Pectus carinatum is a deformity of the chest in which the breastbone protrudes outwards. The bulging gives the chest a birdlike appearance which is why the condition is sometimes referred to as pigeon chest. It occurs when the cartilage that holds the ribs to the breastbone has a defect, and the cartilage pushes the breastbone and ribs outwards causing the chest to jut outwards. It is unknown what causes this chest deformity, but is believed to be genetic in nature.
Each case of pectus carinatum is unique as the deformity may cause mild, moderate or severe symptoms. For those who have more severe pectus carinatum, the physical deformity can cause have serious effects on a child's self-confidence. In these cases, surgery may be needed to correct the deformity. Dr Schewitz will be able to tell you whether surgical repair may or may not be needed.
While the condition is categorised by the protrusion of the breastbone forwards, pectus carinatum is often only developed during early adolescence when the growth spurt hits. It is then that the symptoms worsen and the physical deformity begins to show.
The symptoms should begin to show in the early teen years, only getting worse and worse as the child grows. Since these symptoms are caused by the protrusion of the breast bone, it may require surgery to treat. Treatment of pectus carinatum is possible at a very early age with an external brace. If surgery is required, the best time would be at the time of the adolescent growth spurt.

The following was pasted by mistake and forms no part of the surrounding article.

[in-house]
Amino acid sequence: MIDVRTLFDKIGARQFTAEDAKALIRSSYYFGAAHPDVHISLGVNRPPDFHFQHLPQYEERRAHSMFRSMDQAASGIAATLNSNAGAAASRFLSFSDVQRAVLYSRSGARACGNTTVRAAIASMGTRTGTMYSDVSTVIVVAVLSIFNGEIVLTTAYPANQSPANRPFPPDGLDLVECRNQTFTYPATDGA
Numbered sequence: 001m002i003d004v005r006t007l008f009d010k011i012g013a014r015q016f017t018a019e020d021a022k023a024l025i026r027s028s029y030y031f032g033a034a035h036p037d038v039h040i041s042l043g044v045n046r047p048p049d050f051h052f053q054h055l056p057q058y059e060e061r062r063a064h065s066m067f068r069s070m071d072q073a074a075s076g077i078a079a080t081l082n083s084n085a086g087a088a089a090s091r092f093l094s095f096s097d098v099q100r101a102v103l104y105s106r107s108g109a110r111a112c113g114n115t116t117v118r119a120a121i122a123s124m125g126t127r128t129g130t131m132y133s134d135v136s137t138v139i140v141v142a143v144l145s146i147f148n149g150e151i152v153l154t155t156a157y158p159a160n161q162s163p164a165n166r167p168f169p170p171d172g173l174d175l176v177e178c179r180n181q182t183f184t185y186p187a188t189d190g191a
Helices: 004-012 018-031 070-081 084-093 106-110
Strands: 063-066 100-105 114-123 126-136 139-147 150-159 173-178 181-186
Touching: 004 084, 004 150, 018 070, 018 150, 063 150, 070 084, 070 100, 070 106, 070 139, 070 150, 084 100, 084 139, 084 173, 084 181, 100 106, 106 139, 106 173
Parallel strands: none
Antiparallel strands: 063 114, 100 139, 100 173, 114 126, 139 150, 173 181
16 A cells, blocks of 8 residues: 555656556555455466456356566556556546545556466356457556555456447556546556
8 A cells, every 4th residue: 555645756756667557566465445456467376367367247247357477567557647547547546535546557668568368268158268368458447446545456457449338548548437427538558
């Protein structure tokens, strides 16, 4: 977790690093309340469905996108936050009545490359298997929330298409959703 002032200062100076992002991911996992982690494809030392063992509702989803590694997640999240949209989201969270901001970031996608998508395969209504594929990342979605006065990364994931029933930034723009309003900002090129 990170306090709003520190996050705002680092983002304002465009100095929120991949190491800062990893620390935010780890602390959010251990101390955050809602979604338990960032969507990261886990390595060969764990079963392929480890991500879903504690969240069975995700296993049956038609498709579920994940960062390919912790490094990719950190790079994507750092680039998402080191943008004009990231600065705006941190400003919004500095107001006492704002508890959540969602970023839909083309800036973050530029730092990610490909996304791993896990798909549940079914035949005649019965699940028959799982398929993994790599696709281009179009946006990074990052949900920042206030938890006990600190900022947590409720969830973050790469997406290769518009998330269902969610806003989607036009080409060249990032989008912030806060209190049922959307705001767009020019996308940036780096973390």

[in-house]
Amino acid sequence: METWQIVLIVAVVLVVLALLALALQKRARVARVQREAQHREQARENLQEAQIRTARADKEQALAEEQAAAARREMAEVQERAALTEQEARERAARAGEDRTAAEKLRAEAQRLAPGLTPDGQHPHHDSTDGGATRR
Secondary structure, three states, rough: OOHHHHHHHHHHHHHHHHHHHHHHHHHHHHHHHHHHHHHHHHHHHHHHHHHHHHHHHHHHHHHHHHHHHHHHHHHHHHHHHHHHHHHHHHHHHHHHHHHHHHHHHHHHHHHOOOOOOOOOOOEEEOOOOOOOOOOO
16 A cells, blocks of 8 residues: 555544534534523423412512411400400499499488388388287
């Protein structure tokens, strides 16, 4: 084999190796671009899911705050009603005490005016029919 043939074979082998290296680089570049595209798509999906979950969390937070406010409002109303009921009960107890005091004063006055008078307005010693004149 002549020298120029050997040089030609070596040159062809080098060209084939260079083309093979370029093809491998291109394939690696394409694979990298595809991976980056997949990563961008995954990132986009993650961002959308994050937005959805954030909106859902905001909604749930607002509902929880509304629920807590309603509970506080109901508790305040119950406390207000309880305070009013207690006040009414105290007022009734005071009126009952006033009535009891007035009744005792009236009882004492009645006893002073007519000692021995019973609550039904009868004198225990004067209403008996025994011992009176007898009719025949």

With Dr Ivan Schewitz's extensive experience in the treatment of children and adults with pectus carinatum, he is compassionate in explaining the conditions to his patients, taking the time to answer any of their questions and advising the best surgical treatment options for their unique case.
As a highly specialised cardiothoracic surgeon with extensive experience in pectus deformity correction, Dr Schewitz may advise external bracing, the Reverse-Nuss (otherwise known as Abraham procedure) or Ravitch procedure for correction of pectus carinatum.
While surgical repair is an option for people with severe pectus carinatum, the use of a brace may help children who are diagnosed with pectus carinatum. While the bones are still growing, a brace is worn 20 hours a day to flatten the chest in just a few months. The brace is taken off for sporting activities and for showering or bathing.
Reverse-Nuss (Abraham) procedure
The Reverse-Nuss procedure, otherwise known as the Abraham procedure works on the same principals of the Nuss procedure, only reversed. This surgery is considered for more severe cases where external bracing is not an option due to the severity of the deformity.
The Reverse-Nuss procedure is a minimally invasive surgery in which a long, stainless-steel bar is bent to the shape of the chest and inserted on top of the breastbone. With this bar in place, the breastbone can be moved backwards correcting the protrusion over a few years. The Reverse-Nuss procedure is an option for children with severe pectus carinatum.View Reverse Nuss procedure
This procedure is seldom used and is preferred for adults with pectus carinatum. During the Ravitch procedure, Dr Schewitz will remove the abnormal or defective cartilage and ribs and fracture the breastbone to allow it to be moved into its correct position.